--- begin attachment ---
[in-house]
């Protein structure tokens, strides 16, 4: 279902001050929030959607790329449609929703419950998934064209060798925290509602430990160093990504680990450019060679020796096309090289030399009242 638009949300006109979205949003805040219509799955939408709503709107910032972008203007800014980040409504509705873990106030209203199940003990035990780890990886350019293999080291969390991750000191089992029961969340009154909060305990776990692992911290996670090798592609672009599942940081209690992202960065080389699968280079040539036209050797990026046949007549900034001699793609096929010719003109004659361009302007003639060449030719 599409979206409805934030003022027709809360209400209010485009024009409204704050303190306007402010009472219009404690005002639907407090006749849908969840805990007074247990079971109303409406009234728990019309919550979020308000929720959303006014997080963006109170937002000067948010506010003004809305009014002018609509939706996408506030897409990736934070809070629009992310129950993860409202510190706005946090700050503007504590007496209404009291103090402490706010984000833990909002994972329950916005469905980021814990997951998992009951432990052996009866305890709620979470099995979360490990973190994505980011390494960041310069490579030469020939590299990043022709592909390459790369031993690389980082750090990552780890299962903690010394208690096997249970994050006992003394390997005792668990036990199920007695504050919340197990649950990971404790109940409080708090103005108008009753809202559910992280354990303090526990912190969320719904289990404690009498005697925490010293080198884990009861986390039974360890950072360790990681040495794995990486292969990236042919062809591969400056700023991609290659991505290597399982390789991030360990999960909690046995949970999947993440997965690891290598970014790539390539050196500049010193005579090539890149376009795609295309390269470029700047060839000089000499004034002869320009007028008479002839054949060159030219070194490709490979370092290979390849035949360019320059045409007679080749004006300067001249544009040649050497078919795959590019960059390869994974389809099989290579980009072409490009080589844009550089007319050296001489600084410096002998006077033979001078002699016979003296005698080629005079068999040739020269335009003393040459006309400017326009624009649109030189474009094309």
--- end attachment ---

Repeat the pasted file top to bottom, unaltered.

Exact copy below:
[in-house]
């Protein structure tokens, strides 16, 4: 279902001050929030959607790329449609929703419950998934064209060798925290509602430990160093990504680990450019060679020796096309090289030399009242 638009949300006109979205949003805040219509799955939408709503709107910032972008203007800014980040409504509705873990106030209203199940003990035990780890990886350019293999080291969390991750000191089992029961969340009154909060305990776990692992911290996670090798592609672009599942940081209690992202960065080389699968280079040539036209050797990026046949007549900034001699793609096929010719003109004659361009302007003639060449030719 599409979206409805934030003022027709809360209400209010485009024009409204704050303190306007402010009472219009404690005002639907407090006749849908969840805990007074247990079971109303409406009234728990019309919550979020308000929720959303006014997080963006109170937002000067948010506010003004809305009014002018609509939706996408506030897409990736934070809070629009992310129950993860409202510190706005946090700050503007504590007496209404009291103090402490706010984000833990909002994972329950916005469905980021814990997951998992009951432990052996009866305890709620979470099995979360490990973190994505980011390494960041310069490579030469020939590299990043022709592909390459790369031993690389980082750090990552780890299962903690010394208690096997249970994050006992003394390997005792668990036990199920007695504050919340197990649950990971404790109940409080708090103005108008009753809202559910992280354990303090526990912190969320719904289990404690009498005697925490010293080198884990009861986390039974360890950072360790990681040495794995990486292969990236042919062809591969400056700023991609290659991505290597399982390789991030360990999960909690046995949970999947993440997965690891290598970014790539390539050196500049010193005579090539890149376009795609295309390269470029700047060839000089000499004034002869320009007028008479002839054949060159030219070194490709490979370092290979390849035949360019320059045409007679080749004006300067001249544009040649050497078919795959590019960059390869994974389809099989290579980009072409490009080589844009550089007319050296001489600084410096002998006077033979001078002699016979003296005698080629005079068999040739020269335009003393040459006309400017326009624009649109030189474009094309």